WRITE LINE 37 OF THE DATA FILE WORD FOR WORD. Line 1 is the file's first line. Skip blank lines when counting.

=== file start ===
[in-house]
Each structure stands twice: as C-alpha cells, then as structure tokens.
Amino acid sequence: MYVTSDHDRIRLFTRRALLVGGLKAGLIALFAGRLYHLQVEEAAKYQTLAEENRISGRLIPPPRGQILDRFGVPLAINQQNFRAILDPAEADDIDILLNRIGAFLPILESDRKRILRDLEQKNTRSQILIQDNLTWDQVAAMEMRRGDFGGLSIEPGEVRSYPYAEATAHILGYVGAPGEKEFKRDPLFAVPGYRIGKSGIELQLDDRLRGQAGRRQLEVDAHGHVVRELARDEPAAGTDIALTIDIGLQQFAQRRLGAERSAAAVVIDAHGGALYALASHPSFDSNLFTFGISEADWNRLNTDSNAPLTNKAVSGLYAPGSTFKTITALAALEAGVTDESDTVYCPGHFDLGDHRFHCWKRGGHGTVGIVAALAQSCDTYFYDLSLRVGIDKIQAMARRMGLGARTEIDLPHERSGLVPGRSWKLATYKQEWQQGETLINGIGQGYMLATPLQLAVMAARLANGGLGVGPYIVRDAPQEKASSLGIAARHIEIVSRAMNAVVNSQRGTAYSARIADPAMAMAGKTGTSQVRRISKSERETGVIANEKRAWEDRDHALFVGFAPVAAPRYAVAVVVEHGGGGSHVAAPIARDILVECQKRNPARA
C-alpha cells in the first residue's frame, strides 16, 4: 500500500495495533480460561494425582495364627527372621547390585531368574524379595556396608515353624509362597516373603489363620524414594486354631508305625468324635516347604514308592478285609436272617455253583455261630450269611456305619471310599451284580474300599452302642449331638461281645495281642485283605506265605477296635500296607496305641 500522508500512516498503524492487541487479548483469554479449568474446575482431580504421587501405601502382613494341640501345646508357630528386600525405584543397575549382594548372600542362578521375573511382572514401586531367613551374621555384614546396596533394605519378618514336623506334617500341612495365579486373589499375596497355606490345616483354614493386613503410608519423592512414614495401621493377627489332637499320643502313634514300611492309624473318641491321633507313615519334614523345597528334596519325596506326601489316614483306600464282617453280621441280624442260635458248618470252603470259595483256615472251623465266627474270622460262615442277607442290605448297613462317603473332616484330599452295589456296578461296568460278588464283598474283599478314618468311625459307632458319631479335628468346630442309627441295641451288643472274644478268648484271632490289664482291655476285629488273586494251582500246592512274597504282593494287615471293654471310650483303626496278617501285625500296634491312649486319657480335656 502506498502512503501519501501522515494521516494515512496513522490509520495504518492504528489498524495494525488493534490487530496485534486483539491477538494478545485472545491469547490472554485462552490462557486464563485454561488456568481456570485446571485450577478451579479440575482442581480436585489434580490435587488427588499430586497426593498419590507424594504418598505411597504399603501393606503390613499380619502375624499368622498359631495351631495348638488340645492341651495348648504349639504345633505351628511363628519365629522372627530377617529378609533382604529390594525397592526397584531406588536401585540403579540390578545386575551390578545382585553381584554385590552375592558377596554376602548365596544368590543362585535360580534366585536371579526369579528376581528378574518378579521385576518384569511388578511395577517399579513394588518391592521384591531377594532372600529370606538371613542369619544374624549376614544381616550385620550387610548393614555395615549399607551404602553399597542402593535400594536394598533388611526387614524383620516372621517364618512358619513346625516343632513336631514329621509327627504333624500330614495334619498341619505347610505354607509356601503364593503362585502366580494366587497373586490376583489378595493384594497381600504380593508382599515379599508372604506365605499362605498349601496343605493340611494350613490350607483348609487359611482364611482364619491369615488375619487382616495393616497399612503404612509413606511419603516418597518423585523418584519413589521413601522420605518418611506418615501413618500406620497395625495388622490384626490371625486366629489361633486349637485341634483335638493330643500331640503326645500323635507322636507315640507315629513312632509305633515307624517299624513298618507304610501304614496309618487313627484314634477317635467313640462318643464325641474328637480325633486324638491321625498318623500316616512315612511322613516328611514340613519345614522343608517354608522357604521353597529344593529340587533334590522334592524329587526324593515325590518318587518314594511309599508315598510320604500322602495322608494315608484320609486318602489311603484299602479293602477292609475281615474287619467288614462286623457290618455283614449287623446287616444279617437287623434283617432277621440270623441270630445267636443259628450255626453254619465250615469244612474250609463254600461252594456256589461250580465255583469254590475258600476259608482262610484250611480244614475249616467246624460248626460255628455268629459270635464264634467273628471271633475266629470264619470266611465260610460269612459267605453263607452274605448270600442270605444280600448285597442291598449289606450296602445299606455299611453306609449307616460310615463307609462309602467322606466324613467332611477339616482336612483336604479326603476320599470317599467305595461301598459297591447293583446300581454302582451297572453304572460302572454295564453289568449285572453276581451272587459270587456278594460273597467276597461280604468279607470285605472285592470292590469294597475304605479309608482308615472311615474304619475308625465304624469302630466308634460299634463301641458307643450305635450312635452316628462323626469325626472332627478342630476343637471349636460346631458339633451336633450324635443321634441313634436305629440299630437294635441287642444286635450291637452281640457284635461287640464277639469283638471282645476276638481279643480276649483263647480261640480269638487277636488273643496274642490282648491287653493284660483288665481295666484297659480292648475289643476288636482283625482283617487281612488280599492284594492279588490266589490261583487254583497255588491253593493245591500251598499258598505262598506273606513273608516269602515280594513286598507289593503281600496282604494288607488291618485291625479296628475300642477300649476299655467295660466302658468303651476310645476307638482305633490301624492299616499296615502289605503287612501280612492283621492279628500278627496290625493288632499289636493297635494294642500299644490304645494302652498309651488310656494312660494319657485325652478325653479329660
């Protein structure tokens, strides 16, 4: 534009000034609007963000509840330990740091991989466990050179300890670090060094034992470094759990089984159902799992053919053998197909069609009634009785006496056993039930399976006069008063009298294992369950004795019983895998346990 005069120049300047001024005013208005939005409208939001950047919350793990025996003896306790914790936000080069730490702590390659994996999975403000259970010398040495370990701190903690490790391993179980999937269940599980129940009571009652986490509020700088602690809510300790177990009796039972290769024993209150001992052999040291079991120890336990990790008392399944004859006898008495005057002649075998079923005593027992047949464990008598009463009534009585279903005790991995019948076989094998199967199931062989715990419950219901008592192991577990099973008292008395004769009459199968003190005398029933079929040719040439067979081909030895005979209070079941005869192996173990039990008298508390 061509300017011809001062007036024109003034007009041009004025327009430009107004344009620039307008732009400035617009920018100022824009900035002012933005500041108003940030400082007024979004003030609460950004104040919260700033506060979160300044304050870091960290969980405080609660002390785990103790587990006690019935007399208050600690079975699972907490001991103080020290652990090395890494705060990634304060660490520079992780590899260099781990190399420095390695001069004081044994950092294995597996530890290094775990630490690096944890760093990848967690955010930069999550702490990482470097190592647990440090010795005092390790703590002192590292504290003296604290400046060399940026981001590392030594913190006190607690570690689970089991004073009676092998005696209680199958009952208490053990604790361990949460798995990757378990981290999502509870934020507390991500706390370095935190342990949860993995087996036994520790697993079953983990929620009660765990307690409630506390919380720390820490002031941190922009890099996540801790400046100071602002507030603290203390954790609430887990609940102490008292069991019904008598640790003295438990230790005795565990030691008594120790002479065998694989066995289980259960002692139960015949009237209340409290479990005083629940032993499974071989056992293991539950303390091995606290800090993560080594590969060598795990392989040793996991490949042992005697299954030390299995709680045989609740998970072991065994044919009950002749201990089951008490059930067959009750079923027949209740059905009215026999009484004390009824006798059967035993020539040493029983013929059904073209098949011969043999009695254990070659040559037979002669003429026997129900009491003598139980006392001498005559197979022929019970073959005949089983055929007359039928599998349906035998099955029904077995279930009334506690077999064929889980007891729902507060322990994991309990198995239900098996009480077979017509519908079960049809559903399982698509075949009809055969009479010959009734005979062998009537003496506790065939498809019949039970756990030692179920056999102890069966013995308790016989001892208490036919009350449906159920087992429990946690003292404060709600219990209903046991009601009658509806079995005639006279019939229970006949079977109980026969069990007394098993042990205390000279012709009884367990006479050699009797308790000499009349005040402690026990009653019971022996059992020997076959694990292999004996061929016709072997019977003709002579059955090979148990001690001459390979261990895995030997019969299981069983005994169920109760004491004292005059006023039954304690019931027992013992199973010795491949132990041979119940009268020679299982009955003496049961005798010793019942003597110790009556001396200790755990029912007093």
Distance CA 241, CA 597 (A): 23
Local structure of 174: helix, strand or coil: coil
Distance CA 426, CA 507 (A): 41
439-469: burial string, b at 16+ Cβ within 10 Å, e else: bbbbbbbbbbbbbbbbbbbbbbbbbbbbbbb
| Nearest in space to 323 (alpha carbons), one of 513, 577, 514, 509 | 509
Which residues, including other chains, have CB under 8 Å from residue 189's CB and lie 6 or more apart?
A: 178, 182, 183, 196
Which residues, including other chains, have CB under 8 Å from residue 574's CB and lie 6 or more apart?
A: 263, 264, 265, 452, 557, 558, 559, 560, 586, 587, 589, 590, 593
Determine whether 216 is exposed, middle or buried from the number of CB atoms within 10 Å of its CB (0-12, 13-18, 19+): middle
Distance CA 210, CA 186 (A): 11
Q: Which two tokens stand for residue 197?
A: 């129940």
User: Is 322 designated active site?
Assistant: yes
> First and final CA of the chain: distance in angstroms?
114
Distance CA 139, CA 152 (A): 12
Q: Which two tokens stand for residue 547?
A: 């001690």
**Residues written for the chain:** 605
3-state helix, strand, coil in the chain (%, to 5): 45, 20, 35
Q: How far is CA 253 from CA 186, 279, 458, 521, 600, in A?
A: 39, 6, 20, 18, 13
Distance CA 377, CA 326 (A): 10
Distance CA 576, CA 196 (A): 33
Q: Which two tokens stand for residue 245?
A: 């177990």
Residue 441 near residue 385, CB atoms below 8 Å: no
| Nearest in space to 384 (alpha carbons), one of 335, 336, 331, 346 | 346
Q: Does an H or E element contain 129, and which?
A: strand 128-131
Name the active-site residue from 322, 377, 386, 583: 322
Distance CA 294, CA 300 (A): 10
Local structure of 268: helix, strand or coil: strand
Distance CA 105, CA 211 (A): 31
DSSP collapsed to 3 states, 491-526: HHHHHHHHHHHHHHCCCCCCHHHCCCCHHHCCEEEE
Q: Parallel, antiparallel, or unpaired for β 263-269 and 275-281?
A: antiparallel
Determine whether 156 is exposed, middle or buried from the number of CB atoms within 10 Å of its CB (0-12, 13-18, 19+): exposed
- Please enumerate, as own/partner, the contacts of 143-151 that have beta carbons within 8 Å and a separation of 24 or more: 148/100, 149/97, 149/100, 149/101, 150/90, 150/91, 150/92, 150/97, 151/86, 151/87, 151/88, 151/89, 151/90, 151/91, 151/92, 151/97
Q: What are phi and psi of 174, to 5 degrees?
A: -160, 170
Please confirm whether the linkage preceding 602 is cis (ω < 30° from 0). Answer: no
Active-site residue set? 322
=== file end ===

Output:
A: strand 128-131